Over the line

Remember back in June, when 15,000 or so radical leftists descended on Detroit to raise all sorts of hell, smashing windows and looting stores and setting fires to cars as they attempted to overthrow the capitalist system as we know it?

Of course, you don't remember that, because it never happened.

But you wouldn't know that judging from the way our nation's border guards treated three college students who journeyed from New York to attend the U.S. Social Forum that was held here. It was an entirely peaceful event that, although it did attract 15,000 lefties, produced nothing more threatening than several entirely legal mass marches.

But for the trio of students, who joined a busload of others for a what was intended to be a short excursion over to Windsor, the fact they happened to be wearing the orange wristbands forum attendees were given proved to be an unexpected lesson in wrong-headed authoritarianism.

Seems our border guards need to learn that they have to protect our constitutional rights as well as keep us safe from terrorism. Otherwise, the terrorists really do win.

Last week the Michigan American Civil Liberties Union and the state chapter of the National Lawyers Guild sent a formal complaint regarding the incident to the Detroit office of U.S. Customs and Border Protection and the Civil Rights Division of the U.S. Justice Department.

The three students, all women attending St. John's University in New York, were harassed and intimidated based on "the unfair perception that their political views and associations may have been outside the mainstream," according to the letter. "The First Amendment was intended to prevent the government from engaging in this type of scrutiny of the perceived political beliefs and associations of citizens."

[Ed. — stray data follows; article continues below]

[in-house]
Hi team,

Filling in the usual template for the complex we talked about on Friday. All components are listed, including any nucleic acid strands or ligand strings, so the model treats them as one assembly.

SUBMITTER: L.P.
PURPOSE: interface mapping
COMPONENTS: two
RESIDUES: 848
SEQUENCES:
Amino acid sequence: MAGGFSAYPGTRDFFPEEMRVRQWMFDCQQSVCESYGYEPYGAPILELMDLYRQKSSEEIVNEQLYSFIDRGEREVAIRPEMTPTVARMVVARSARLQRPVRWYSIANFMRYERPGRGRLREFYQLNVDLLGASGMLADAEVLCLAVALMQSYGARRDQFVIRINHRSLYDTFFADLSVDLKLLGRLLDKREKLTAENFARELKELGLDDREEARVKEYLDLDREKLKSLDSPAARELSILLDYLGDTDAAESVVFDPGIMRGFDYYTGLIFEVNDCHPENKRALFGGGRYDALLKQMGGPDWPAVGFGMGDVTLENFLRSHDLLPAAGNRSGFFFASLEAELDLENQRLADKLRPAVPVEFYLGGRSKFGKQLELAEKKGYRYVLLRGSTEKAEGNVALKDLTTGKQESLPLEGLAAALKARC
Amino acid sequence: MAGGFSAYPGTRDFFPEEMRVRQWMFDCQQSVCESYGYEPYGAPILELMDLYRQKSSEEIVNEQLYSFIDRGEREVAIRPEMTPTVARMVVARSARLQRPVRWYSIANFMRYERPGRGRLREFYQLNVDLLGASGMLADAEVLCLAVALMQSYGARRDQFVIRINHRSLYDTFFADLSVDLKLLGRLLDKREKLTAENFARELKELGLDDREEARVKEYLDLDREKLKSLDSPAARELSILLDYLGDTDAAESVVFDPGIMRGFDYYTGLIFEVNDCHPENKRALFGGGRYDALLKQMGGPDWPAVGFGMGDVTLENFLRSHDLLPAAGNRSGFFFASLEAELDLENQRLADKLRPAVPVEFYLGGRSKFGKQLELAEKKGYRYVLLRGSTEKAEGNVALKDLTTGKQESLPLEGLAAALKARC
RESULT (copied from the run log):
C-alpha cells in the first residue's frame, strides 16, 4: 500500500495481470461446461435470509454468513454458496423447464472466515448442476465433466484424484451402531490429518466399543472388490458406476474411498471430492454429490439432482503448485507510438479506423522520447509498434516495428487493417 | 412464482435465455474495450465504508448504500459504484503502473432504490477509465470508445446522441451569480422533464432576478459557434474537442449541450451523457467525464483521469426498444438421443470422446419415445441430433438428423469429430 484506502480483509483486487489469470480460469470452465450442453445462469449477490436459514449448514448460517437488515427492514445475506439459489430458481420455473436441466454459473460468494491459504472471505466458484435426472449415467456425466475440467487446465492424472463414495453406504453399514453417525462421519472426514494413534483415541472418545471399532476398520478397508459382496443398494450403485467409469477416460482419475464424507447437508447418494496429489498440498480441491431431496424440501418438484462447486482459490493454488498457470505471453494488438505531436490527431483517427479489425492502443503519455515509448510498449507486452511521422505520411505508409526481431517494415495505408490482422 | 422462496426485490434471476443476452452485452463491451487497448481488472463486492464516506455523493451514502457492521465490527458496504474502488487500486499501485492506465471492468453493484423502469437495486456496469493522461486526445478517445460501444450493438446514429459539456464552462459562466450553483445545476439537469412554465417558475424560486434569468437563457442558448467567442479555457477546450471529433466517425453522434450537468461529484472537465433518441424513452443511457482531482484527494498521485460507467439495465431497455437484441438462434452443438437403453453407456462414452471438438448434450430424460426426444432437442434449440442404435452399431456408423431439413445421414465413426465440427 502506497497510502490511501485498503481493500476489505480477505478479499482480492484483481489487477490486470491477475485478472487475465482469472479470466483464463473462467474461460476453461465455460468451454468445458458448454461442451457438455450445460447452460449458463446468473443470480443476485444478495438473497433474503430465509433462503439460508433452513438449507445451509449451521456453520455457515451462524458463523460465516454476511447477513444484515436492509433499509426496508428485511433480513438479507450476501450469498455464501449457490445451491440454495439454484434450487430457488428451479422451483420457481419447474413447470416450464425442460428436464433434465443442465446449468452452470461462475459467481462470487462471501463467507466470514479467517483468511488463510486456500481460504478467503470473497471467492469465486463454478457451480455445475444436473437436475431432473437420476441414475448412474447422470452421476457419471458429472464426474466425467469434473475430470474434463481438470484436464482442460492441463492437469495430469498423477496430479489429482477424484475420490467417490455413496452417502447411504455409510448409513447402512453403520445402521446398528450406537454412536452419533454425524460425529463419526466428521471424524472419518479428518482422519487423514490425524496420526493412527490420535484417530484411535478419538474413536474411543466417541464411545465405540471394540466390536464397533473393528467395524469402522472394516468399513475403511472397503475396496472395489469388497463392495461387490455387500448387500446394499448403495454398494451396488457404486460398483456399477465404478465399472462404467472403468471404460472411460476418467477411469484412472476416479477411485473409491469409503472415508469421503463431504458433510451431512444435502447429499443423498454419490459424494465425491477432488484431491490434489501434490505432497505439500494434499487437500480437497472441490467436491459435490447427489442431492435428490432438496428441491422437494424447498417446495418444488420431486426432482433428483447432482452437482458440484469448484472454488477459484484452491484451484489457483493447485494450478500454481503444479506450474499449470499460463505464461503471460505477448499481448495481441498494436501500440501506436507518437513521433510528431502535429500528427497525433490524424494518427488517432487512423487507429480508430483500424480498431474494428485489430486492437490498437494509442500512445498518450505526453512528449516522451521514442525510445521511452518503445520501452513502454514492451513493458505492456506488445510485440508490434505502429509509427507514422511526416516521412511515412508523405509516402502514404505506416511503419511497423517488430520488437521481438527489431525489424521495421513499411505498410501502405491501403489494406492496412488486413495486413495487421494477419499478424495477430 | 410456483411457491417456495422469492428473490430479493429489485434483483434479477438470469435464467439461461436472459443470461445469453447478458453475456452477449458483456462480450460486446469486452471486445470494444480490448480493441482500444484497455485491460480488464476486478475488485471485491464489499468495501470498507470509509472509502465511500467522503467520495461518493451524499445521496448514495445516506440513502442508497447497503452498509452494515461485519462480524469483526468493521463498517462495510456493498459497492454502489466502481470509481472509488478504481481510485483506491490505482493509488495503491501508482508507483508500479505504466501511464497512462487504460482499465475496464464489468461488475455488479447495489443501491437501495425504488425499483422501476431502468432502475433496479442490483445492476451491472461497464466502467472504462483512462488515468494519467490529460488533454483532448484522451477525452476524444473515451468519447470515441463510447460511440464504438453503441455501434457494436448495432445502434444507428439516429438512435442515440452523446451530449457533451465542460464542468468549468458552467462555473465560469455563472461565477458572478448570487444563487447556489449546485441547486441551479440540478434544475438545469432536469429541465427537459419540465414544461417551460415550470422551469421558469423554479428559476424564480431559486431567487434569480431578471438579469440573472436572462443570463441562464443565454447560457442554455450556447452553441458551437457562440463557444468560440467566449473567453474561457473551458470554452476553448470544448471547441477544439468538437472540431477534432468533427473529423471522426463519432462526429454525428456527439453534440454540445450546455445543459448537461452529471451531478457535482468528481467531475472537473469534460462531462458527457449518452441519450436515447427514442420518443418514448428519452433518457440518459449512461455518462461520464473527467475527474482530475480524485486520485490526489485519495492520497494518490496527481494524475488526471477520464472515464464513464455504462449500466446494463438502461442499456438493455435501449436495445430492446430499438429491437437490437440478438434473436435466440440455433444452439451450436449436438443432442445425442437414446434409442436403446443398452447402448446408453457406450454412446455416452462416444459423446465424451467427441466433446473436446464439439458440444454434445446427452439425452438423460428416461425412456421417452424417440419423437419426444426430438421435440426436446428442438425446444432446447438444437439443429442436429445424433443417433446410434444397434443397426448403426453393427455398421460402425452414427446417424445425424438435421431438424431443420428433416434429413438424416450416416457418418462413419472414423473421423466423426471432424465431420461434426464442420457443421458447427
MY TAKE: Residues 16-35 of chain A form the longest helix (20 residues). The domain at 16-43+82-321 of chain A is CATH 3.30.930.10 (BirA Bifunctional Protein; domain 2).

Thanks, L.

Each of the women reported being subjected to "aggressive, repetitive, hostile and unnecessary interrogation and delay because of their attendance at the Social Forum."

One of the three, Christina Santiago, tells News Hits that she and her companions are graduate students in sociology and attended the event with a professor as part of an internship.

"It's ironic," she says. "We went to the Social Forum to learn about social issues, and ways to help all people be treated fairly, and then this happens. It was very distressing. We were returning to our own country, and were made to feel not welcome at all here. After it was over, we went back to our hotel rooms, shocked."

Michigan ACLU President Kary Moss and Michigan NLG President John Royal asked in their letter that the incident be thoroughly investigated and "corrective action be taken to prevent similar misconduct in the future."

As of press time News Hits was still waiting for a response from the government. We're just hoping that response doesn't involve them bursting into the MT's world headquarters and ransacking our offices. Given our contemplated format change, you never know what they might find.

News Hits is edited by Curt Guyette. Contact him at 313-202-8004 or [email protected]
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